Join Conrad Carlberg for an in-depth discussion in this video Install DescTools in R, part of R for Excel Users.
- [Voiceover] One of the literally hundreds of contributed packages that are available to you in R is named DescTools. And I'm going to show you how to download it and install it into R in this lesson. One of reasons that DescTools is such a valuable contributed package, is that it includes many standard and rather simple statistical tests and statistical analyses that you might want to run before you submitted your data to a more sophisticated analysis, such as multiple regression or the analysis of variance.
Prior to DescTools, these more elementary analyses were available only by going to a variety of other contributed packages. So that you would find a package that would do a box-and-whiskers plot for you, for example. And then if you wanted to find the means and standard deviations of the variables that you were interested in then you'd have to open a different package. DescTools brings them all together into just one package so that you can get virtually all of those analyses running through the data one time only.
A big time saver. Here's how we go about downloading and installing it. The process starts with the Packages menu. So you'll select it. You come down to the Install packages item in that menu. The first thing that R wants to know is where you want to download it from. What I like to do is click HTTP mirrors at the bottom of that list box and then click OK. And then I've got all these mirror sites that I can use. I scroll down to USA CA 1 because I'm downloading this to a computer that's in California.
So that's convenient. And once I've chosen that, I click OK. At this point, R wants to know which package you want to download. Now that we've established where we're going to download it from, we need to find DescTools in this list of packages. Again, there are hundreds of them so it can take awhile to locate the one that you're interested in. But it is in alphabetical order and so it's doable. We're looking for D-e-s-c-T-o-o-l-s and there it is. You might want to make a note of exactly how that's spelled and also the case in which the letters are given.
Capital D, lowercase esc, capital T, ools. We're going to need to enter that from the keyboard shortly. Once that's chosen, just click OK and then R takes over and downloads the file to the computer, unpacks the zip file and makes it available to us. So with DescTools now available, rather downloaded, we can make it available to R with another command. And that's the library command. This is similar to installing an add-in in Excel.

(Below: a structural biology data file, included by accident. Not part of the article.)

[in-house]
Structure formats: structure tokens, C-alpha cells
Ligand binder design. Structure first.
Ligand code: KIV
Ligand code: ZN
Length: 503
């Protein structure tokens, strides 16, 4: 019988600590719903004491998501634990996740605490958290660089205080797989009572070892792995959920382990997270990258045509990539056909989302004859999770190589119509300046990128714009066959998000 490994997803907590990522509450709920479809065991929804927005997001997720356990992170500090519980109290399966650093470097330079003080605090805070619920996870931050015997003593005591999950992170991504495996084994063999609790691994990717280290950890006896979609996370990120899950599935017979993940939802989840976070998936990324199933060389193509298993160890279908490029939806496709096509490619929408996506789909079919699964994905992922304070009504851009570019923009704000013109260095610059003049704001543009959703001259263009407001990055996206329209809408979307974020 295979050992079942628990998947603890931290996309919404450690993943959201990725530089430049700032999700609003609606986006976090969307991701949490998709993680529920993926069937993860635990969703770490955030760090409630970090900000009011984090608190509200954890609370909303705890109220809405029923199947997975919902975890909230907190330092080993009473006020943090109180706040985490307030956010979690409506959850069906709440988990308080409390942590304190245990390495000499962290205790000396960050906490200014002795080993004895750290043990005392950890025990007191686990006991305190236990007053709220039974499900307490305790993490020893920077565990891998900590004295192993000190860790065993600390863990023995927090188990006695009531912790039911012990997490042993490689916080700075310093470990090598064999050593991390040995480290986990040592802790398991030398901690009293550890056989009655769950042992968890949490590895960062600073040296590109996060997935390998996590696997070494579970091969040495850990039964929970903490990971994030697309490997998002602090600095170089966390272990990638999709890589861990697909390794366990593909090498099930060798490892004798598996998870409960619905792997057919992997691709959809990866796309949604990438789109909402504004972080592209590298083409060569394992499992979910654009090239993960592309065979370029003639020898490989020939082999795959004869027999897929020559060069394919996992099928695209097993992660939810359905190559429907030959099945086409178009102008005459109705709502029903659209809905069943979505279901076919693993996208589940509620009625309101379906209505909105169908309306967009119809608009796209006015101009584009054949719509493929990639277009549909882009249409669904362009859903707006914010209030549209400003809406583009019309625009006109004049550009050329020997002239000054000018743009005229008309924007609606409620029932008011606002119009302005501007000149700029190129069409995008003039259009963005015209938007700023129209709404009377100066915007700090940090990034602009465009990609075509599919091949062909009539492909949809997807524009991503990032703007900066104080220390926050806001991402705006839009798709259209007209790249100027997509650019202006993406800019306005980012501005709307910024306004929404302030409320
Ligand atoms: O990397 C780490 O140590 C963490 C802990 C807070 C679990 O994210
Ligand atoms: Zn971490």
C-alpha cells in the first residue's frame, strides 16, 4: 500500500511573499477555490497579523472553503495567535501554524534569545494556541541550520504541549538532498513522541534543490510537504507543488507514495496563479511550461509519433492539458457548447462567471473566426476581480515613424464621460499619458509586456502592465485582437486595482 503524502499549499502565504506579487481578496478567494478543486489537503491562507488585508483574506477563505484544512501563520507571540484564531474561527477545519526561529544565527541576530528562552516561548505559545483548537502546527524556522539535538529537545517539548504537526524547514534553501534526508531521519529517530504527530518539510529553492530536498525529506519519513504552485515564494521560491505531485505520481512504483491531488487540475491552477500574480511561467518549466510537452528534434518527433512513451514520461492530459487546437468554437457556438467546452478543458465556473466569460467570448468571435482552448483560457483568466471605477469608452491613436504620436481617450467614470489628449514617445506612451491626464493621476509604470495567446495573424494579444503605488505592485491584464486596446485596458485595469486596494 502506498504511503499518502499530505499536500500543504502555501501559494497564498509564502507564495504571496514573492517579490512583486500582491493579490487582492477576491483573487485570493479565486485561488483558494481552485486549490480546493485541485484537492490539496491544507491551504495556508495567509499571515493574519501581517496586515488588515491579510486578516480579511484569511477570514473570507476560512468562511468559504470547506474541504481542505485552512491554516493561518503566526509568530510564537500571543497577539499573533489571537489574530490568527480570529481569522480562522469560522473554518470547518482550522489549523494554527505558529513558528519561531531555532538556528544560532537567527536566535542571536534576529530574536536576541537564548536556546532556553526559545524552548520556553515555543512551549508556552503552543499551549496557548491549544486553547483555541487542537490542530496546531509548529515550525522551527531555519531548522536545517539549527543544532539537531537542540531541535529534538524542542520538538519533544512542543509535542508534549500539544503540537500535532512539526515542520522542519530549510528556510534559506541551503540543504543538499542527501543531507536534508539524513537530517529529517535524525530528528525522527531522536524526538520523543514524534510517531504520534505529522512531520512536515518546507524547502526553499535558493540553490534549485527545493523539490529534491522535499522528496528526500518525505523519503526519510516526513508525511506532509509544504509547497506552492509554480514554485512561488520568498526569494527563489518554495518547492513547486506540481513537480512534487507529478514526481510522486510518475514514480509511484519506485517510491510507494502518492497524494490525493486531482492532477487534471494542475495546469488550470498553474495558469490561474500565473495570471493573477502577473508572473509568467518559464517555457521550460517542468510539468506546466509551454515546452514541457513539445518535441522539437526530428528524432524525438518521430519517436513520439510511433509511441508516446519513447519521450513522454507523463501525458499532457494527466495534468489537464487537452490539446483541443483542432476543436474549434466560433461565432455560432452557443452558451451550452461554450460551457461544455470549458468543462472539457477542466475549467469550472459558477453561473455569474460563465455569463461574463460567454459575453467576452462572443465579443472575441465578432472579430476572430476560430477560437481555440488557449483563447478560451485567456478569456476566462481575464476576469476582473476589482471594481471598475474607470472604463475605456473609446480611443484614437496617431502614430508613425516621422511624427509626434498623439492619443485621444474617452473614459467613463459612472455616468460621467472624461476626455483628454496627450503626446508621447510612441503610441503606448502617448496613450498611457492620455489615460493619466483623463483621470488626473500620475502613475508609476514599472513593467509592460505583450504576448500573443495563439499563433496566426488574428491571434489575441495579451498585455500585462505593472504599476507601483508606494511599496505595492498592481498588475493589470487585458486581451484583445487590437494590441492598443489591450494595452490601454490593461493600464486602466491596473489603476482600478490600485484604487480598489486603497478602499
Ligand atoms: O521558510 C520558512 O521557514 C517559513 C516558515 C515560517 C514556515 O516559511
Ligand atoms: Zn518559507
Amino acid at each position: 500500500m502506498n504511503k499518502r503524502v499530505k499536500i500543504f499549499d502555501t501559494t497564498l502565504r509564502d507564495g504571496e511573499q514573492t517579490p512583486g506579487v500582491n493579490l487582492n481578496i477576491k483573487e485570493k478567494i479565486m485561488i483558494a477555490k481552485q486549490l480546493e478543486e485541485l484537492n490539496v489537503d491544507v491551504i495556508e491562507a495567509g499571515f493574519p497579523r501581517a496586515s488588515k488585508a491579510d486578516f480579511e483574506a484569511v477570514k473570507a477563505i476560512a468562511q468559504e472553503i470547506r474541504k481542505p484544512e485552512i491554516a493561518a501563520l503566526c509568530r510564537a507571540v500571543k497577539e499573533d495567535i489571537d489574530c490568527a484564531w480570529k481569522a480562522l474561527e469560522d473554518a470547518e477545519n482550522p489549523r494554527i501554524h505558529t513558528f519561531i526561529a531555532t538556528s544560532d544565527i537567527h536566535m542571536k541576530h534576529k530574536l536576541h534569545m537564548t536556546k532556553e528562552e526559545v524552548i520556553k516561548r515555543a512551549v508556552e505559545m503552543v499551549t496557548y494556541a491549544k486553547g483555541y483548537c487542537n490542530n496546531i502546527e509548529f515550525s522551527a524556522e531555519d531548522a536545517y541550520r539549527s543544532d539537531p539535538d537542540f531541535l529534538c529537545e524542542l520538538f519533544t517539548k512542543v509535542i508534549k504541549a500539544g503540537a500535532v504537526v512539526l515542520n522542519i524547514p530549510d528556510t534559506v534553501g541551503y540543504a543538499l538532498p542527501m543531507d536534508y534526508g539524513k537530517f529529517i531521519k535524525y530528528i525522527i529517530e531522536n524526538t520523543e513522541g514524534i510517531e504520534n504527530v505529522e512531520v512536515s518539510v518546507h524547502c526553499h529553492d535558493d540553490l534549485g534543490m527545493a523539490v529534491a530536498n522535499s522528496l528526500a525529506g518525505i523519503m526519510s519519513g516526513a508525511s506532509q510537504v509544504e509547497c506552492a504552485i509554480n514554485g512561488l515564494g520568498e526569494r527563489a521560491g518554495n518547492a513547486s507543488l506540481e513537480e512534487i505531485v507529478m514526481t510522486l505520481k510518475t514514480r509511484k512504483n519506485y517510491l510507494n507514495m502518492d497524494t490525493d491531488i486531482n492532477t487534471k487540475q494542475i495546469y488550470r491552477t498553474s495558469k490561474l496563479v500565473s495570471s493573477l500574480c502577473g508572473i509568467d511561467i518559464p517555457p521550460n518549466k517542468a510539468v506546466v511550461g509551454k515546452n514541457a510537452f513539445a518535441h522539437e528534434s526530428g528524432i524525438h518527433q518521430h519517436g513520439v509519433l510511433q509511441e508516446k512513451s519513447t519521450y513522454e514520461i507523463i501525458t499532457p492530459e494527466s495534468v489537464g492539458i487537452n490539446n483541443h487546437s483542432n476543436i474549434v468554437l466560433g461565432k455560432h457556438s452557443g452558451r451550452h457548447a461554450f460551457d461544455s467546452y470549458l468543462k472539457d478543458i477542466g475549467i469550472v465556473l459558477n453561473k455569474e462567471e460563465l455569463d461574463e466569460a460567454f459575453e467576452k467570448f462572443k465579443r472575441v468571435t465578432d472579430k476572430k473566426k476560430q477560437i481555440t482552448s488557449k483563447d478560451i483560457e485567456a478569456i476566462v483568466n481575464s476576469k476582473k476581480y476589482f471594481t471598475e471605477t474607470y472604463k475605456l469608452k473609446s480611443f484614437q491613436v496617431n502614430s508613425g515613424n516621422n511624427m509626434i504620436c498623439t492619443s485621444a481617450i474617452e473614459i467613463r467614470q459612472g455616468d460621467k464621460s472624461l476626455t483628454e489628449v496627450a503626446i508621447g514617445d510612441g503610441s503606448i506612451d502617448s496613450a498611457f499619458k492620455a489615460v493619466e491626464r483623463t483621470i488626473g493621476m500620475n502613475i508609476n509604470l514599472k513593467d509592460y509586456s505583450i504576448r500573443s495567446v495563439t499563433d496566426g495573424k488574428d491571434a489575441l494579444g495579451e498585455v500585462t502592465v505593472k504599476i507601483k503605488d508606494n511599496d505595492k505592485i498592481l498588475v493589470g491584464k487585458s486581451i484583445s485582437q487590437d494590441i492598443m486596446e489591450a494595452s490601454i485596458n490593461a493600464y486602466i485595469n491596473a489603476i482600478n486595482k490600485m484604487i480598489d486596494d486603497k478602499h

I'm going to type library and then open parentheses, and DescTools, close parentheses. Before I hit enter, I want to draw your attention once again to the case of each of these letters. The library command is part of the base R functionality and is intended to be typed in all lowercase. DescTools as a contributed package, the name of it is up to the person who contributed it. That person chose to make the D and T uppercase and the remainder of the letters in lowercase.
So, you'll need to type it in exactly this fashion. If you type it, for example, all in lowercase then R is going to complain to you that it can't find that package. But this is typed correctly and so we just hit enter and in this run and in subsequent runs of R we've already downloaded the contributed package, it's already available on the computer. All you need to do to draw R's attention to it is you enter the library open brand DescTools command. We'll show you more about how to go about using DescTools in the next lesson.
Much of the course focuses on how crucial statistical tasks and operations are done in R—often with the DescTools package—as contrasted with Excel's functions and Data Analysis add-in, and then scales up from there, showing R's more powerful features. Conrad Carlberg will help you effectively toggle between both programs, moving data back and forth so you can get the best of both worlds. Start by learning how to install R and the DescTools package, and the data files used in all the hands-on exercises. Then learn about calculating descriptive statistics on numeric and nominal variables, and running bivariate analyses in both Excel and R. In the "Next steps" video, Conrad breaks down the pros and cons of Excel vs. R and provides tips for learning more about statistics in each application.
- Installing R and DescTools
- Descriptive statistics in Excel and DescTools
- Moving data between R and Excel
- Running the Desc function
- Bivariate analysis in R and Excel